Set the two endpoints of expanded obstacles as $A\left({x}_{a},{y}_{a}\right)$ and $B\left({x}_{b},{y}_{b}\right)$. Applying the vector gradient algorithm, we can decide whether the line OG intersects with the line AB at first (as shown in Figure 11).

Line AB: ${A}^{\prime}x+{B}^{\prime}y+{C}^{\prime}=0$ (15)

Line OG: ${A}^{\u2033}x+{B}^{\u2033}y+{C}^{\u2033}=0$ (16)

1) The distance between point A and line OG is ${d}_{a}=\left({A}^{\prime}{x}_{a}+{B}^{\prime}{y}_{a}+{C}^{\prime}\right)/\sqrt{{{A}^{\prime}}^{2}+{{B}^{\prime}}^{2}}$.

2) The distance between point B and line OG is ${d}_{b}=\left({A}^{\u2033}{x}_{b}+{B}^{\u2033}{y}_{b}+{C}^{\u2033}\right)/\sqrt{{{A}^{\u2033}}^{2}+{{B}^{\u2033}}^{2}}$, AB intersects OG.

(a) (b)

Figure 10. The outer layer is accurate layer and the inside is emergency layer.

Figure 11. The line OG intersects with the line AB.

If ${d}_{a}\cdot {d}_{b}\le 0$, AB intersects OG.

If ${d}_{a}\cdot {d}_{b}>0$, AB doesn’t intersect with OG.

If there is no obstacle intersected with expected trajectory, the output point is the current position of the AR, and AR can move along the trajectory as planned;

If there are obstacles intersected with expected trajectory, the distance between the feature points of the current obstacle and the goal can be calculated. The point of shorter distance can be selected as the next visible point of MR. MR can repeat the above procedure until reaching the target.

4. Different Weather Conditions

A road detection method, called dimensionality reduction deep belief neural network (DRDBNN), is proposed for drivable road detection. Due to the dimensionality reduction ability of the DRDBNN, it detects the drivable road area in a short time for controlling the robot in real-time. A feed-forward neural network is used to control the robot for the boundary following navigation using evolved neural controller (ENC). The robot detects road junction area and navigates throughout the road, except in road junction, using calibrated camera and ENC. In road junction, it takes turning decision using Google Maps data, thus reaching the destination.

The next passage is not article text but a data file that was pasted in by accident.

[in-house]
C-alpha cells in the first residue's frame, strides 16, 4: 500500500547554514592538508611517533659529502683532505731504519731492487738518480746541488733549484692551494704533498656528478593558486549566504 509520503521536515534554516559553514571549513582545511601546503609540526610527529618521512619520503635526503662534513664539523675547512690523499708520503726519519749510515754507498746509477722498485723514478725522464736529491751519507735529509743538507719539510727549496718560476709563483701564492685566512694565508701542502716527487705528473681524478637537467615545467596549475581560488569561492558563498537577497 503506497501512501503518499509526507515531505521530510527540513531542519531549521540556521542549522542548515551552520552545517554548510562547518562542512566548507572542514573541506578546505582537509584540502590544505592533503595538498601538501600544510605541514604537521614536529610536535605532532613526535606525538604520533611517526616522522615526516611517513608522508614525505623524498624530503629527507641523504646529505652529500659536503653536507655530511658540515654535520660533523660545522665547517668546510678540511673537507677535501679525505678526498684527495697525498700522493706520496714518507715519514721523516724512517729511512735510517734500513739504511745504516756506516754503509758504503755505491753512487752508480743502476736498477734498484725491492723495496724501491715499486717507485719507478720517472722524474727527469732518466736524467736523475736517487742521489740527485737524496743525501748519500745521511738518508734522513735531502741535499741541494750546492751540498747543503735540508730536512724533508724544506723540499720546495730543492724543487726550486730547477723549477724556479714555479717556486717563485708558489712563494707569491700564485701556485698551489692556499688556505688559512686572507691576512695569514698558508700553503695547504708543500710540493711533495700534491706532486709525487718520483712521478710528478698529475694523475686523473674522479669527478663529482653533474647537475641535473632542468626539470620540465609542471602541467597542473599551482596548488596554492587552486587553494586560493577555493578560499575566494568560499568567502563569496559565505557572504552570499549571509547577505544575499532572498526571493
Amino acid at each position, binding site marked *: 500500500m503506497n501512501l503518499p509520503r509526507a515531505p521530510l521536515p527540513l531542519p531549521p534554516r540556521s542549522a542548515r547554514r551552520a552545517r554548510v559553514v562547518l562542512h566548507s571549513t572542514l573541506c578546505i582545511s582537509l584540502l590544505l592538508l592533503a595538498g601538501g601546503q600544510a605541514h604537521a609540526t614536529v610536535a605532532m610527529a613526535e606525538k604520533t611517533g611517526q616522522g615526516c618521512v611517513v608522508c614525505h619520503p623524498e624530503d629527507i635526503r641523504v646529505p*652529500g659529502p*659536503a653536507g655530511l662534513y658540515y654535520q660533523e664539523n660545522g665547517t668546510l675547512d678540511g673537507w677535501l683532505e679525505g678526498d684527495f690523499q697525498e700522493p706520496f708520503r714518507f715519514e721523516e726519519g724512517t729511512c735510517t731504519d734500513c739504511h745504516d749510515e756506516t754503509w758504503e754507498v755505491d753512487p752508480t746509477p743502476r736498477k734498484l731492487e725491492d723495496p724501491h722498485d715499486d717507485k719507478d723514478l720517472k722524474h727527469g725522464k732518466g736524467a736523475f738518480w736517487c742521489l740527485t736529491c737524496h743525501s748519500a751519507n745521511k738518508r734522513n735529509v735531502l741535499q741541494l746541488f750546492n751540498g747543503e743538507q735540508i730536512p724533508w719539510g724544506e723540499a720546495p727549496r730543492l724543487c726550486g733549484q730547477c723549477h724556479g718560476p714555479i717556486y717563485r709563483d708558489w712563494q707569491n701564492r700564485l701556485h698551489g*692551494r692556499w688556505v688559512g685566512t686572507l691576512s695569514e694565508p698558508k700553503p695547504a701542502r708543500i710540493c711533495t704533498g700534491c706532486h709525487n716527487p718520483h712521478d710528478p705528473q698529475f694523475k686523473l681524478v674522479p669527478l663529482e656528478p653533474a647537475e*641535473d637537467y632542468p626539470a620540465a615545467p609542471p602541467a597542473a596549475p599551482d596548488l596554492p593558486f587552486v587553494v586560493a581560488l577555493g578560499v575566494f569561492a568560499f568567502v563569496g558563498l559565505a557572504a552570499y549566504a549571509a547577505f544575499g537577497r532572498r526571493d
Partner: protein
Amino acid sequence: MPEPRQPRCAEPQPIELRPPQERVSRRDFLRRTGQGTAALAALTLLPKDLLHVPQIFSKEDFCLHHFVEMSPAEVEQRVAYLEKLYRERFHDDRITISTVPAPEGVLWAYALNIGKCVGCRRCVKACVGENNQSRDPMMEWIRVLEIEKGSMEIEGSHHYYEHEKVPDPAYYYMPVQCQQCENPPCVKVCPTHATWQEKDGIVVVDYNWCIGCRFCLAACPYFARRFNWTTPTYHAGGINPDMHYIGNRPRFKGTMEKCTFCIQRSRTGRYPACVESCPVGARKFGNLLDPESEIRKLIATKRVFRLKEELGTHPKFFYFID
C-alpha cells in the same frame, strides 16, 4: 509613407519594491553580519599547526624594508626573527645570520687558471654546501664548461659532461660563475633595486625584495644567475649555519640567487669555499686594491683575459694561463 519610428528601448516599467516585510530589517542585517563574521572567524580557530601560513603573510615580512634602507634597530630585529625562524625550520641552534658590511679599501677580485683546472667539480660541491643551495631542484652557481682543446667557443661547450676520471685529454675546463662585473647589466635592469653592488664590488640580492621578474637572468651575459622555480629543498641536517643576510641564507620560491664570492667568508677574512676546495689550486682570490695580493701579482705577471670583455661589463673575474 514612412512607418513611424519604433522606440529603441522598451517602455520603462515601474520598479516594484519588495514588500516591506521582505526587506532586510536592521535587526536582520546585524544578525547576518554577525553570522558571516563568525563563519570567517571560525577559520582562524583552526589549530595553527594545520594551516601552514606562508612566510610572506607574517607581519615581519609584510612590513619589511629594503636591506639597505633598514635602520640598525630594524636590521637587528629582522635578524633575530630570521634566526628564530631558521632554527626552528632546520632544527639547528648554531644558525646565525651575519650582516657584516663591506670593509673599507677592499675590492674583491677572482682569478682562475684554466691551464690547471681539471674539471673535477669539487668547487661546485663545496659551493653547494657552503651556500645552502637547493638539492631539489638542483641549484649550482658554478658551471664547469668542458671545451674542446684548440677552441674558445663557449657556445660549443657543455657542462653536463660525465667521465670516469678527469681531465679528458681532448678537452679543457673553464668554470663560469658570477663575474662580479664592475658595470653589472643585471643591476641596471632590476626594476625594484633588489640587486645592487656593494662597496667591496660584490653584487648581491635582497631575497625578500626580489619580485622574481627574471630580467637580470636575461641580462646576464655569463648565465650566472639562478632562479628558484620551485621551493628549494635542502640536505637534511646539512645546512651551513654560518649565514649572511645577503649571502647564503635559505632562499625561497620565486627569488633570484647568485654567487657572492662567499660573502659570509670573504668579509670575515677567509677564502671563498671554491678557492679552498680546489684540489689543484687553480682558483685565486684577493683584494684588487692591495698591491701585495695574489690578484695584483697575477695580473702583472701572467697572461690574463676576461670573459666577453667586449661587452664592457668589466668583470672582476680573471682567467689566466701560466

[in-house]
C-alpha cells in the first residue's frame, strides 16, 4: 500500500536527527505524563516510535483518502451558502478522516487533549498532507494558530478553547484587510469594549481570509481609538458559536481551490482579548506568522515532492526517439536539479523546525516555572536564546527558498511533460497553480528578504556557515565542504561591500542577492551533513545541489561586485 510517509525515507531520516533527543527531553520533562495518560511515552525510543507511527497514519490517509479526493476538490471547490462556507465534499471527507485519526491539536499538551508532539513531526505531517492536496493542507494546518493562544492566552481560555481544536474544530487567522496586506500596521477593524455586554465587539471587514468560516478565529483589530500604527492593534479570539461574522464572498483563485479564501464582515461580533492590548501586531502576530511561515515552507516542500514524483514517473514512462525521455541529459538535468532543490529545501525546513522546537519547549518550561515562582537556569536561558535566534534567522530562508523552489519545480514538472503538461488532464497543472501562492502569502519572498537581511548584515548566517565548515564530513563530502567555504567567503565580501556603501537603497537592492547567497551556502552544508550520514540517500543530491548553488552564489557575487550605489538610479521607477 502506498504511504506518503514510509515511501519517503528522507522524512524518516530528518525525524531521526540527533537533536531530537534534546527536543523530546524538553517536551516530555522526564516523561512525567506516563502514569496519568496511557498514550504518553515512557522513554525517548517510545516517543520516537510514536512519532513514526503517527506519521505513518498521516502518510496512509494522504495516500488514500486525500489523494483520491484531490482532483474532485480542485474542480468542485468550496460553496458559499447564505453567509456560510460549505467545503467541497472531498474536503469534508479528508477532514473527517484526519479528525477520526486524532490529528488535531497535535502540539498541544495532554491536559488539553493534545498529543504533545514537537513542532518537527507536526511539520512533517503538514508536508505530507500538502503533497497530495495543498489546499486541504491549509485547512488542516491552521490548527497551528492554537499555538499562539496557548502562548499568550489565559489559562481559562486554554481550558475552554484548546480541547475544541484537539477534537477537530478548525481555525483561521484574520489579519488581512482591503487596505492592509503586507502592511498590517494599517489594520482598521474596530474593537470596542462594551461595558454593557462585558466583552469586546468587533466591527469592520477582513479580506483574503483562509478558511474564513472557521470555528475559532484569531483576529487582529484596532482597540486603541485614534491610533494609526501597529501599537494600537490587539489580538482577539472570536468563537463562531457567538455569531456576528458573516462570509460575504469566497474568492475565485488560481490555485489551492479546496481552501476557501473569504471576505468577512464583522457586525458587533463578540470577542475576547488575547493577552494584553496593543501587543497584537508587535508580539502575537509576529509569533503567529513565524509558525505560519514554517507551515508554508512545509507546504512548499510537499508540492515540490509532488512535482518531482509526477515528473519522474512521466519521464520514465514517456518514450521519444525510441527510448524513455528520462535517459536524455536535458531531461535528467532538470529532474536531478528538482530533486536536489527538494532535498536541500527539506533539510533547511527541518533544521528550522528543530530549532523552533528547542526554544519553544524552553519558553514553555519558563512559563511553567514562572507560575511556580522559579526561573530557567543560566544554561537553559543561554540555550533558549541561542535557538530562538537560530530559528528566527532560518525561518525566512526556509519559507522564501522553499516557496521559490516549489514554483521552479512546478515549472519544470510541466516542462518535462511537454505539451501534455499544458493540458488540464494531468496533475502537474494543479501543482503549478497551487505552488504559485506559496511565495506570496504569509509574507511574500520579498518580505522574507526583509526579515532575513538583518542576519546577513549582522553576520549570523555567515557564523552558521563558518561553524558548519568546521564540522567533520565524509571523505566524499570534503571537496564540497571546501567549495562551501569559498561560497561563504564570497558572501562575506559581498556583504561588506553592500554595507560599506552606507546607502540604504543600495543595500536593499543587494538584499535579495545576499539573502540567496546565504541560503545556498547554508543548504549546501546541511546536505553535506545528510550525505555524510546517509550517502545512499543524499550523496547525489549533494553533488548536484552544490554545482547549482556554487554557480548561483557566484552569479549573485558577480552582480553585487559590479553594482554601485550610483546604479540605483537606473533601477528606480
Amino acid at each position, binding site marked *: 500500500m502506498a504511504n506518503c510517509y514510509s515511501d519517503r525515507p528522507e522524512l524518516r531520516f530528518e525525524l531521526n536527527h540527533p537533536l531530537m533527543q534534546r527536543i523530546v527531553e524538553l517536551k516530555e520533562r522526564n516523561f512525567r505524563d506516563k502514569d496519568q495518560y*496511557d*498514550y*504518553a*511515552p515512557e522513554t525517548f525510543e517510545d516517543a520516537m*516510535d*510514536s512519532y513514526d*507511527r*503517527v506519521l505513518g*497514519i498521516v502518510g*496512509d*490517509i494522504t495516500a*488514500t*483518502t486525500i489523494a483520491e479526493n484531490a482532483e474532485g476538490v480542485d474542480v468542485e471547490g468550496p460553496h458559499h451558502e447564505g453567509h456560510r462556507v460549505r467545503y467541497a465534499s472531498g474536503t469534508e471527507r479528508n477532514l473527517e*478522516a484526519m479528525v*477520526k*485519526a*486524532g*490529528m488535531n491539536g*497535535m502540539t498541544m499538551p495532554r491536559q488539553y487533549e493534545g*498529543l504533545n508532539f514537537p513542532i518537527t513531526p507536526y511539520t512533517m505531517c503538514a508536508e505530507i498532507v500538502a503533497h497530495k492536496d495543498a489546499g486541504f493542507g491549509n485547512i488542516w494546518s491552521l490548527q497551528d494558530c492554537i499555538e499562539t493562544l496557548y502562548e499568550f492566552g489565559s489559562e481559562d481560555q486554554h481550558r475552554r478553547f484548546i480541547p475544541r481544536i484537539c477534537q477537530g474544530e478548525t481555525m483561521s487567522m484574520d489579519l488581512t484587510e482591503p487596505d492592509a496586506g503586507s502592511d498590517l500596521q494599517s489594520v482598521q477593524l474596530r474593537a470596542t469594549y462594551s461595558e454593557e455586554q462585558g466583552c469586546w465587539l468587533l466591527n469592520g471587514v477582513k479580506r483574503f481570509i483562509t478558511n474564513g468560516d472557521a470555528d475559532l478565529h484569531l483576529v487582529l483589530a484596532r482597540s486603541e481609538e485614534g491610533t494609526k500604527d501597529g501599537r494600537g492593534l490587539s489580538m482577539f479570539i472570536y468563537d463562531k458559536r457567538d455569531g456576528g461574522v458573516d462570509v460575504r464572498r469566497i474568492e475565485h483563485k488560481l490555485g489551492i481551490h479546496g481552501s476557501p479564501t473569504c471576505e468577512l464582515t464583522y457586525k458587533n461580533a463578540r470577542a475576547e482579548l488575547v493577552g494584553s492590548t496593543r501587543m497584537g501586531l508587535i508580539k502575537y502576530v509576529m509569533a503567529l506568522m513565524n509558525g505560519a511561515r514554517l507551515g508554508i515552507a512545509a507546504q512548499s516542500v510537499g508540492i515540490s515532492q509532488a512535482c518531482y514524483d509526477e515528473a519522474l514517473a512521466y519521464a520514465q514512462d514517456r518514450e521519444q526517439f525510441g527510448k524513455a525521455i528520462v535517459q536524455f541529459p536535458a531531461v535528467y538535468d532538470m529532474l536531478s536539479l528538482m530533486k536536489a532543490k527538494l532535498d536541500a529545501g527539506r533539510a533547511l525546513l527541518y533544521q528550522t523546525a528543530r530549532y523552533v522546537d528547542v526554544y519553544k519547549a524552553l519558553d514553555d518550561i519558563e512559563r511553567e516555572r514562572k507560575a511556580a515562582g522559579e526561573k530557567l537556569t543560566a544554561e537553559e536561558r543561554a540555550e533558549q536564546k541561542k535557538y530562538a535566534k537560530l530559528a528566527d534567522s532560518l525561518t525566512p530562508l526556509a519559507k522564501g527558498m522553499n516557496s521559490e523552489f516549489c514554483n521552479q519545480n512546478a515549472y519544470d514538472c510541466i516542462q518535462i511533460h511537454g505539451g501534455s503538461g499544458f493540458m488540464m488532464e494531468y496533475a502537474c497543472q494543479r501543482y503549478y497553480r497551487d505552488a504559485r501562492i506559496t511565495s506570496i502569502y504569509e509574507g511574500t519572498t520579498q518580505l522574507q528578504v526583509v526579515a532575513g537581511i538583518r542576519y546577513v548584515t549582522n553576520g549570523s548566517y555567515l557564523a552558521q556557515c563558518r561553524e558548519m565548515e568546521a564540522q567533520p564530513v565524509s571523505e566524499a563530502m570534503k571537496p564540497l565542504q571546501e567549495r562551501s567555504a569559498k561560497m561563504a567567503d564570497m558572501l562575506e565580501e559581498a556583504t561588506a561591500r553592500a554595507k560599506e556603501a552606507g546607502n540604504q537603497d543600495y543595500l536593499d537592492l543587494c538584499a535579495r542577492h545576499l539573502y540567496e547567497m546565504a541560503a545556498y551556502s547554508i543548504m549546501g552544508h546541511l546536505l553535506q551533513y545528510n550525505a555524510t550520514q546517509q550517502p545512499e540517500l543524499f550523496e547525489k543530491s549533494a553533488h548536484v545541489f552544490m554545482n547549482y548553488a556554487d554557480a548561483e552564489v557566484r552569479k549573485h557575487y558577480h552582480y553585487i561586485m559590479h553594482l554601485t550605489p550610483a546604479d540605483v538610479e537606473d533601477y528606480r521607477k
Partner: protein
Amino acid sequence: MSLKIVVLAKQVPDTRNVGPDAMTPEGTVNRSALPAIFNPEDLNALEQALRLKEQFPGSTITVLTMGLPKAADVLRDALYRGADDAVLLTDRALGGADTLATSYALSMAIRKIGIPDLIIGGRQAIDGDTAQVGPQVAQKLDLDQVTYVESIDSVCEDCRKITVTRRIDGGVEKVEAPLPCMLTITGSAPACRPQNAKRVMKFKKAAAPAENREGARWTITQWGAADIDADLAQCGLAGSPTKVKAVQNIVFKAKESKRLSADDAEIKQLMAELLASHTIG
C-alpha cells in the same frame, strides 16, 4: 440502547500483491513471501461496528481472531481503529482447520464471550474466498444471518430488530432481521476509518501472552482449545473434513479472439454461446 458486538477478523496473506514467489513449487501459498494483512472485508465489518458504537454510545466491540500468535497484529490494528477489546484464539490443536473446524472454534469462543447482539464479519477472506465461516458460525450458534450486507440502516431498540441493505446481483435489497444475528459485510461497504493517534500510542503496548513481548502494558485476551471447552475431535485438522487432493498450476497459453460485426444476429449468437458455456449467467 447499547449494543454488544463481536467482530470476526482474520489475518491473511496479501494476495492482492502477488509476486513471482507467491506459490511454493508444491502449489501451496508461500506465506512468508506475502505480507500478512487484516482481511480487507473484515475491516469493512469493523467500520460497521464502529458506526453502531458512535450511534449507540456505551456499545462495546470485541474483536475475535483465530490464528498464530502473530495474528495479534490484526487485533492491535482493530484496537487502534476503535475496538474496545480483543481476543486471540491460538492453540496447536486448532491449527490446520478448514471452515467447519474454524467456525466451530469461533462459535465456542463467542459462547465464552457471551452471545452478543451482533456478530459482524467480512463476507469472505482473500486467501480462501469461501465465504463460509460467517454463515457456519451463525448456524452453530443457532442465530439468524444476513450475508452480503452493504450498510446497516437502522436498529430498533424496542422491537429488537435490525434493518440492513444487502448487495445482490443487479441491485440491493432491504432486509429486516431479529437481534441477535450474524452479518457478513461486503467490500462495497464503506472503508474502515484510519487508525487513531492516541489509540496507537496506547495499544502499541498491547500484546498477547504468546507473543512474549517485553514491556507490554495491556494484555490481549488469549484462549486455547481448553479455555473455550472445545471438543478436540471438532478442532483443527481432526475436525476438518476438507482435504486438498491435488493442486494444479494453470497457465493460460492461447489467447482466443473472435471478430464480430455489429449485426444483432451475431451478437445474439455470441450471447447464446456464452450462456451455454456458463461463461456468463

4.1. Emergency Kill Switch

Safety is considered as a higher priority task for any system. There can be situations may arise, where the power to the BOT needs to be completely shut down. There is a dedicated physical button, placed secretly, for cutting off the power to motors in order to bring the BOT to complete stop, if any malfunction is noticed.

4.2. QR Code Unlocked Delivery Cart

To ensure the delivery will not be mistaken, the storage trunk of AR will be locked after the freight is put in. When AR arrived at the appointed location, customer needs to scan the QR code on its LED screen installed on top to unlock the trunk via mobile app.

4.3. Customized Map for Simpler Usage

The mobile app is built using a custom map of the area where the BOT is to be delivered. The map is customized on Google Maps. Customized waypoints are placed, highlighting relevant destinations and marking relevant points for better user interactivity.

5. Presentation Drawing (Draft)

See Figure 12.

6. Budget

See Table 1.

Figure 12. The model virtual map.

Table 1. The cost of an AR unit (estimated roughly).

7. Conclusion

The surge of online food order creates a great demand for high-efficiency within-community delivery. Therefore, we develop a supervised-autonomous robot cart for within-community delivery, by applying path-planning and obstacle avoidance algorithms and live streaming video manual control with the cost of 2774 dollars. Combined with the intelligent algorithms, AR can be a great business plan for high-efficiency-within-community delivery.

Acknowledgements

Thanks to Professor for giving great support to our work. The intelligent algorithm learning does help us a lot.

References